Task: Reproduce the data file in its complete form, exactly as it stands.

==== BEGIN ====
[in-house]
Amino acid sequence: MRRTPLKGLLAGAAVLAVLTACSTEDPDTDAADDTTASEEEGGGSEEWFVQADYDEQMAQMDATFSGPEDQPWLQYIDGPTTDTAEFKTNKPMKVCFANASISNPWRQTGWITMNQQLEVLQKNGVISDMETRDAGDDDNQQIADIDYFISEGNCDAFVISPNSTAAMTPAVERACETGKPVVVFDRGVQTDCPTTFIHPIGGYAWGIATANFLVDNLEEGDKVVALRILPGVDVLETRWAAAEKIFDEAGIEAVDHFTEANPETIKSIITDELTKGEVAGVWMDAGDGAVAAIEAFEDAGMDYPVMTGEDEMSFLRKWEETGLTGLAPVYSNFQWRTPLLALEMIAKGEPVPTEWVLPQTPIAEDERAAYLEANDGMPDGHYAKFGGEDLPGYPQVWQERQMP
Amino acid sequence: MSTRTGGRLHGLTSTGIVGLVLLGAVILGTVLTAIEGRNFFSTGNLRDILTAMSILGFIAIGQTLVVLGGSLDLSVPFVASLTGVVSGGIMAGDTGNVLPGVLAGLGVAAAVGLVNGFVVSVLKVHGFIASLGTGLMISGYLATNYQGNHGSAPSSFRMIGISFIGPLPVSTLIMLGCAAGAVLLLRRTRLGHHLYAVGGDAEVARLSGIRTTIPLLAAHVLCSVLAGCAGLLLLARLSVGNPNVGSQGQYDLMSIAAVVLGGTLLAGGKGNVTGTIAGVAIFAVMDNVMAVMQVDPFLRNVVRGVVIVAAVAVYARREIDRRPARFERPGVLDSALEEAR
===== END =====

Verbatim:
[in-house]
Amino acid sequence: MRRTPLKGLLAGAAVLAVLTACSTEDPDTDAADDTTASEEEGGGSEEWFVQADYDEQMAQMDATFSGPEDQPWLQYIDGPTTDTAEFKTNKPMKVCFANASISNPWRQTGWITMNQQLEVLQKNGVISDMETRDAGDDDNQQIADIDYFISEGNCDAFVISPNSTAAMTPAVERACETGKPVVVFDRGVQTDCPTTFIHPIGGYAWGIATANFLVDNLEEGDKVVALRILPGVDVLETRWAAAEKIFDEAGIEAVDHFTEANPETIKSIITDELTKGEVAGVWMDAGDGAVAAIEAFEDAGMDYPVMTGEDEMSFLRKWEETGLTGLAPVYSNFQWRTPLLALEMIAKGEPVPTEWVLPQTPIAEDERAAYLEANDGMPDGHYAKFGGEDLPGYPQVWQERQMP
Amino acid sequence: MSTRTGGRLHGLTSTGIVGLVLLGAVILGTVLTAIEGRNFFSTGNLRDILTAMSILGFIAIGQTLVVLGGSLDLSVPFVASLTGVVSGGIMAGDTGNVLPGVLAGLGVAAAVGLVNGFVVSVLKVHGFIASLGTGLMISGYLATNYQGNHGSAPSSFRMIGISFIGPLPVSTLIMLGCAAGAVLLLRRTRLGHHLYAVGGDAEVARLSGIRTTIPLLAAHVLCSVLAGCAGLLLLARLSVGNPNVGSQGQYDLMSIAAVVLGGTLLAGGKGNVTGTIAGVAIFAVMDNVMAVMQVDPFLRNVVRGVVIVAAVAVYARREIDRRPARFERPGVLDSALEEAR